International Air Transport Association.  Air Transport and Communicable Diseases Page
National Ebola Training and Education Center.  (Search under COVID-19 Resources)
Network for Public Health Law.  Coronavirus Primer.  Authorities, etc…
University of Minnesota.  Center for Infectious Disease Research and Policy.  COVID-19 page.
Massachusetts General Hospital.  2019 Novel Coronavirus Toolkit
Region I (New England) Government Information Sites:
Boston Public Health Commission
Connecticut DPH
Massachusetts DPH
Maine CDC
New Hampshire DHHS
Rhode Island DOH
Vermont DOH

Coronavirus has been swift and ferocious in Italy. In less than 20 days, the number of confirmed cases has skyrocketed to more than 9,000 while the number of deaths has surpassed 450

https://www.cnbc.com/2020/03/09/italy-extends-its-quarantine-to-the-entire-country-pm-asks-residents-to-stay-at-home.html

“…….People throughout the country of 60 million should not travel other than for work or emergencies, Conte said. He added that all public gatherings will be banned and sporting events suspended. The decision was made to protect the most vulnerable people in the country, he said, and the measures will take effect Tuesday and last until April 3….”


China recorded just 19 new cases of COVID-19 on Tuesday

https://www.usatoday.com/story/news/world/2020/03/10/coronavirus-italy-china-global/5008438002/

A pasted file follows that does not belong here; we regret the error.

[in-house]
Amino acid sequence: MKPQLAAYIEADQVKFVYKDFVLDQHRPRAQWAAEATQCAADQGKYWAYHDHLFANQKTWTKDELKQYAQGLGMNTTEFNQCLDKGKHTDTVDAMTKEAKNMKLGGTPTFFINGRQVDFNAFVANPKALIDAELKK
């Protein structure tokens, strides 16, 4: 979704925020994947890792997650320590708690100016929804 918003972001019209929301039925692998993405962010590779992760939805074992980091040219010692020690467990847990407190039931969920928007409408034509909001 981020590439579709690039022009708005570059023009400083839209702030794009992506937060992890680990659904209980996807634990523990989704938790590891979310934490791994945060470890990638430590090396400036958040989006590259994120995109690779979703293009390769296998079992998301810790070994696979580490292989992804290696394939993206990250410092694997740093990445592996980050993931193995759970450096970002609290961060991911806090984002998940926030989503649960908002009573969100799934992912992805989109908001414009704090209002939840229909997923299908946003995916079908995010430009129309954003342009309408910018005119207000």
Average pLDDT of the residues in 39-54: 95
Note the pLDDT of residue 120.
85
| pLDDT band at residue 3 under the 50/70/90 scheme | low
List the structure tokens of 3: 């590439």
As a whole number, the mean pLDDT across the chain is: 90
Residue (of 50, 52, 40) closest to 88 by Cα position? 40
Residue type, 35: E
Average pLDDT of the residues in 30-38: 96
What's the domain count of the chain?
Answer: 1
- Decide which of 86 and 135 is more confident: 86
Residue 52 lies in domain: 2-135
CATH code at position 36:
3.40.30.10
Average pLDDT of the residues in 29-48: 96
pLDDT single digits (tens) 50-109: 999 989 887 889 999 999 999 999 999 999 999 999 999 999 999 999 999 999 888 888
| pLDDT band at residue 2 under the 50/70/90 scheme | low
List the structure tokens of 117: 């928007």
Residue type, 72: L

“………While more than 3,000 people in China have died from the disease since it emerged in Wuhan in December, almost three-fourths of China’s more than 80,000 patients have recovered. Meanwhile, 14 makeshift hospitals constructed in Wuhan to care for the sick have been closed and public places closed for weeks amid the outbreak will reopen once they have been disinfected. …..”


A preliminary 5.8 magnitude earthquake struck off the coast of northern California Sunday night

DYFI intensity map


COVID-19: Environmental Cleaning and Disinfection Recommendations

https://www.cdc.gov/coronavirus/2019-ncov/community/organizations/cleaning-disinfection.html

Interim Recommendations for US Community Facilities with Suspected/Confirmed Coronavirus Disease 2019

 

Background

There is much to learn about the novel coronavirus that causes coronavirus disease 2019 (COVID-19). Based on what is currently known about the virus, spread from person-to-person happens most frequently among close contacts (within about 6 feet). This type of transmission occurs via respiratory droplets. Transmission of novel coronavirus to persons from surfaces contaminated with the virus has not been documented. Transmission of coronavirus in general occurs much more commonly through respiratory droplets than through fomites. Current evidence suggests that novel coronavirus may remain viable for hours to days on surfaces made from a variety of materials. Cleaning of visibly dirty surfaces followed by disinfection is a best practice measure for prevention of COVID-19 and other viral respiratory illnesses in community settings.

Purpose

This guidance provides recommendations on the cleaning and disinfection of rooms or areas of those with suspected or with confirmed COVID-19 have visited. It is aimed at limiting the survival of novel coronavirus in key environments. These recommendations will be updated if additional information becomes available.